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Support for 'silent victims' of domestic abuse

Children are often the 'silent victims' of domestic abuse. Credit: Cleveland Police

A new system to support children who experience, witness or are directly involved in domestic abuse has been launched by Cleveland Police and Hartlepool Borough Council.

Operation Encompass means that before the next school day officially begins, police will already have notified teachers of a domestic abuse incident involving a pupil at their school.

A designated key adult can then intervene early and offer any appropriate support to the child.

Some professionals call children the “silent” victims of domestic abuse as the effect on them often manifests itself in their behaviour – they might become withdrawn, disruptive in the classroom or even physically lash out.

It is hoped that school staff will now be better equipped to support any youngster affected by domestic abuse.

The 38 schools in Hartlepool (covering every child from the ages of 2 to 18 years in primary, secondary and academies) have signed up to Operation Encompass, and Head teachers have received training from Educational Psychologists and specialist police officers.

Posters will be displayed in school reception areas and the Cleveland Police website will include details on Operation Encompass.

"We can and already do record if children are present, witness or are involved in domestic abuse situations but Cleveland Police has never asked the simple question of which school they attend. "I’m convinced this will greatly help youngsters who can suffer in many ways – either in the immediate aftermath of seeing or experiencing domestic abuse, or days, weeks or even months down the line.”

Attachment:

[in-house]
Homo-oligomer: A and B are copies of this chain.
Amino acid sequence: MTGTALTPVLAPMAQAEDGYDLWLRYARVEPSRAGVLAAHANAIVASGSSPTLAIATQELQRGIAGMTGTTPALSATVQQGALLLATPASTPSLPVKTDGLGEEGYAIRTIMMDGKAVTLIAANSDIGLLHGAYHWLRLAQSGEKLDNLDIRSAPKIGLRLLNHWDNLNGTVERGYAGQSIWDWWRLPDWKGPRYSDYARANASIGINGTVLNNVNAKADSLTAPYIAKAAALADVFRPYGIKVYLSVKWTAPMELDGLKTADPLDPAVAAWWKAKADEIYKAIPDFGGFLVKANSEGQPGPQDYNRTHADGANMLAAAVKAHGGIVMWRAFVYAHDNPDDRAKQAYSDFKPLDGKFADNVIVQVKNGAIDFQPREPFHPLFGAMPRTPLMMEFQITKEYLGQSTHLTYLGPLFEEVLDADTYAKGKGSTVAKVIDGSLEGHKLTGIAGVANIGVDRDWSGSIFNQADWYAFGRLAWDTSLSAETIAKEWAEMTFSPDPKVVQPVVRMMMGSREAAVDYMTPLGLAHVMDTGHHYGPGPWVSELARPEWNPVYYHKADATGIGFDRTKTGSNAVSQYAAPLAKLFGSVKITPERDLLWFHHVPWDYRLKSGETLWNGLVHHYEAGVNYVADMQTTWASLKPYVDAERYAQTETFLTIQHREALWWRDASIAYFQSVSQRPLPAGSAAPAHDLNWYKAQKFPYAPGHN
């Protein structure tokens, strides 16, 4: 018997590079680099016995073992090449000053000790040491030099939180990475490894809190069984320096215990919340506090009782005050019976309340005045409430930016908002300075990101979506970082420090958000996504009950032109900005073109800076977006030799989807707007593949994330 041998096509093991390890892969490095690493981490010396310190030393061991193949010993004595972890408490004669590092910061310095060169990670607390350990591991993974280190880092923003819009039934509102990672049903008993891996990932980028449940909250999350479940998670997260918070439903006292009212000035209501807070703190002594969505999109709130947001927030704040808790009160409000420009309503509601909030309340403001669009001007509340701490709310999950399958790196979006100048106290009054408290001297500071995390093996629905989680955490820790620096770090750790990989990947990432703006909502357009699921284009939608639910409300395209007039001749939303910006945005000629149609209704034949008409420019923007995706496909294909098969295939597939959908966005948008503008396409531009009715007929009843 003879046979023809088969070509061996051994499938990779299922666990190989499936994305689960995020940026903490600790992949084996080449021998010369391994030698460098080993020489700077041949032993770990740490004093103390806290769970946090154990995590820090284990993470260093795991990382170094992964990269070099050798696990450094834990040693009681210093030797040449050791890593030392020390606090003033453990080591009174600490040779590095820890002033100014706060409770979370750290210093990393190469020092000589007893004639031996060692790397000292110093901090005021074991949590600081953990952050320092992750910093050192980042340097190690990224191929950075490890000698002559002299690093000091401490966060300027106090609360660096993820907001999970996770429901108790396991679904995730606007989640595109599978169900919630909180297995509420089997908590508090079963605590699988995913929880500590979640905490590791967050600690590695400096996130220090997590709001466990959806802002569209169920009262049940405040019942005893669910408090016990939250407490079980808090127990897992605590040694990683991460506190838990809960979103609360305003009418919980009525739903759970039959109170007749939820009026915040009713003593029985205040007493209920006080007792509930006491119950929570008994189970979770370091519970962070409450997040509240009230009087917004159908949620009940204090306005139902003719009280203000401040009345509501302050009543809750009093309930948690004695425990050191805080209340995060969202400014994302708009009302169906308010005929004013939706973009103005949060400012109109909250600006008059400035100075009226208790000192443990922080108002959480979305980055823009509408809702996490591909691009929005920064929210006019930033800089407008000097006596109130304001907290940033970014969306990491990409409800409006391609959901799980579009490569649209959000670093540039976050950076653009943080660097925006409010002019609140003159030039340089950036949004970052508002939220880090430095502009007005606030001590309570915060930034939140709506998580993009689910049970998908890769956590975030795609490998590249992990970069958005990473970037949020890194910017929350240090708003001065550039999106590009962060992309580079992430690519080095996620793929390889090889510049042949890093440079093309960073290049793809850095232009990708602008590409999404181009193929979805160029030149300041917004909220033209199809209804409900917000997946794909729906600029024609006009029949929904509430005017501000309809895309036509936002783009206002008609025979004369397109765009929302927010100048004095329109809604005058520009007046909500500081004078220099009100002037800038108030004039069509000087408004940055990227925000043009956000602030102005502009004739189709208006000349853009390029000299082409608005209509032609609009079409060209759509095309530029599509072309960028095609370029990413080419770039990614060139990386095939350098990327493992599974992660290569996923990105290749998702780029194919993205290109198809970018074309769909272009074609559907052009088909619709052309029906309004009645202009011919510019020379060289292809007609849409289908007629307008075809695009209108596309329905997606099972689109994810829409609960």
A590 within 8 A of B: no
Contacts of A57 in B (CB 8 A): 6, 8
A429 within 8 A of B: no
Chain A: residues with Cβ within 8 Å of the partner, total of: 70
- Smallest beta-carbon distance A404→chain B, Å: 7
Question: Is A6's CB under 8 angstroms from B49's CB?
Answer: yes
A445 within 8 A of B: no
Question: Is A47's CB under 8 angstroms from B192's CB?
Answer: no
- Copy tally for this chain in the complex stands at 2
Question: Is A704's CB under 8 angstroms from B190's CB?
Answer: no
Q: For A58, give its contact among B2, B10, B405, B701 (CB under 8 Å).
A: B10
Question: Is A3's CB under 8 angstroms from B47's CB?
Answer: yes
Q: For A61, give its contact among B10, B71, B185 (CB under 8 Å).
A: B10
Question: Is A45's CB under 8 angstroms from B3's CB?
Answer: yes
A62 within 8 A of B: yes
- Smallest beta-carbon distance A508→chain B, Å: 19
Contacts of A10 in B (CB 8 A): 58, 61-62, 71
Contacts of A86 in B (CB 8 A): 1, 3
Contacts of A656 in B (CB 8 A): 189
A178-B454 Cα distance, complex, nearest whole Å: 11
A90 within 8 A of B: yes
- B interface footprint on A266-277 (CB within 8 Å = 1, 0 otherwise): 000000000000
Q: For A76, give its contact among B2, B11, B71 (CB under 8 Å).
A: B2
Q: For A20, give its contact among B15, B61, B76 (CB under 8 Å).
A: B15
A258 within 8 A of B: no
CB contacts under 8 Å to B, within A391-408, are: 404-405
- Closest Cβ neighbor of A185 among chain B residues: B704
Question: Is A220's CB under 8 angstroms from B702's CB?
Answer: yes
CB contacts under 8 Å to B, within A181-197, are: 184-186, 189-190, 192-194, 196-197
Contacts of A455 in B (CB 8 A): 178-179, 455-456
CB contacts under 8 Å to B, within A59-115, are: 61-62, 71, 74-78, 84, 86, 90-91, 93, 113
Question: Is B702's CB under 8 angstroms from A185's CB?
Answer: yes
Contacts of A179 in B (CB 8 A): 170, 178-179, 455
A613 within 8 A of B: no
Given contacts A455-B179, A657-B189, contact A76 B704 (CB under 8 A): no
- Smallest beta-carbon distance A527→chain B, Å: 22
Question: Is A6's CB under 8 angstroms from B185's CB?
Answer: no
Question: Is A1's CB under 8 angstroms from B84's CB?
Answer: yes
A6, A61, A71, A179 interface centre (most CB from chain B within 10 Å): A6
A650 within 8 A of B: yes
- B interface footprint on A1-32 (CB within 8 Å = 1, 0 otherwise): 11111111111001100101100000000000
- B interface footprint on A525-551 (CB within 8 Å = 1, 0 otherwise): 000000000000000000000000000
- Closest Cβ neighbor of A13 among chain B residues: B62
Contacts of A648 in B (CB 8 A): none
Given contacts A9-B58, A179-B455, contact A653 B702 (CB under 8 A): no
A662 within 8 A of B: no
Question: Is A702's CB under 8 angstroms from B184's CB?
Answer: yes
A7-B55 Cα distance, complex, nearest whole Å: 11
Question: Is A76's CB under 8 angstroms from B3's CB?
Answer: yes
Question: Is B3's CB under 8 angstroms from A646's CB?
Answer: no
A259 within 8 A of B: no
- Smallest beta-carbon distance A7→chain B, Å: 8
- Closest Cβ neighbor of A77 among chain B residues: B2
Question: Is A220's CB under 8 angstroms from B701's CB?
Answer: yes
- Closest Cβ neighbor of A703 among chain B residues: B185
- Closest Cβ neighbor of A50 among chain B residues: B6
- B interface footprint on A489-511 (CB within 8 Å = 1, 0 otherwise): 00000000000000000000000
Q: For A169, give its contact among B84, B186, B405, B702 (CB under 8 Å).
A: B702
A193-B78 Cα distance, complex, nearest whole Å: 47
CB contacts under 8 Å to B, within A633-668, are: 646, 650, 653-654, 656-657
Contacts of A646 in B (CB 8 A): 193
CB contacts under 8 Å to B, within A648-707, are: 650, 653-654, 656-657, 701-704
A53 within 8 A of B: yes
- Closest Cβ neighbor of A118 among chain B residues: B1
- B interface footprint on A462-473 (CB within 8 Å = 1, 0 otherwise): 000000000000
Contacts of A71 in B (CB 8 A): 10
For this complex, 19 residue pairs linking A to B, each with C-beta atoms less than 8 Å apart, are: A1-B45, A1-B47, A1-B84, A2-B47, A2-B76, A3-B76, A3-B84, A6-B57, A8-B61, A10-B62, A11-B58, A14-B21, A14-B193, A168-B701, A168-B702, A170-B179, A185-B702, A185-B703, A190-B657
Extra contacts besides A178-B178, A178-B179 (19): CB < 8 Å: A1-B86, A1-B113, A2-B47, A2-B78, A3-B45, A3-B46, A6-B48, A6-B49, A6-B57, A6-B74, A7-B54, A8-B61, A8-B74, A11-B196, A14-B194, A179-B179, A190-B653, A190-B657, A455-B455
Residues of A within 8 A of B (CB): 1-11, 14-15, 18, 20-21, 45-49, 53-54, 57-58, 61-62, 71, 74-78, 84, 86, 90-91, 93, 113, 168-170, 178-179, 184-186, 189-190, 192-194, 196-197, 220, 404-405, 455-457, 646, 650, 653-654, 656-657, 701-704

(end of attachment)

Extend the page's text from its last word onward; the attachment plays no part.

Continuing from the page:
– Cleveland Chief Constable Jacqui Cheer

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Mobility scooter rider tows boat through Hartlepool

Surprising sight in Hartlepool. Credit: Nigel Swinburne/PA Wire

A person has been seen towing a boat behind an electric mobility scooter through Hartlepool.

The unusual incident was captured by Nigel Swinburne, a plasterer from Hartlepool, who could not believe his eyes as the person drove past him.

The scooter has a trailer attached to the back of it and a boat on top of the trailer.

Mr Swinburne, who was working on the outside of a house on Sheriff Street at the time, said: "I thought there's a boat coming towards me and then 'oh it's being towed by a mobility scooter.

"Obviously I was a bit shocked, that's why I only got the picture when it had passed me. The person didn't seem that old."

When asked, Cleveland Police said it was legal for the boat to be towed by the scooter.

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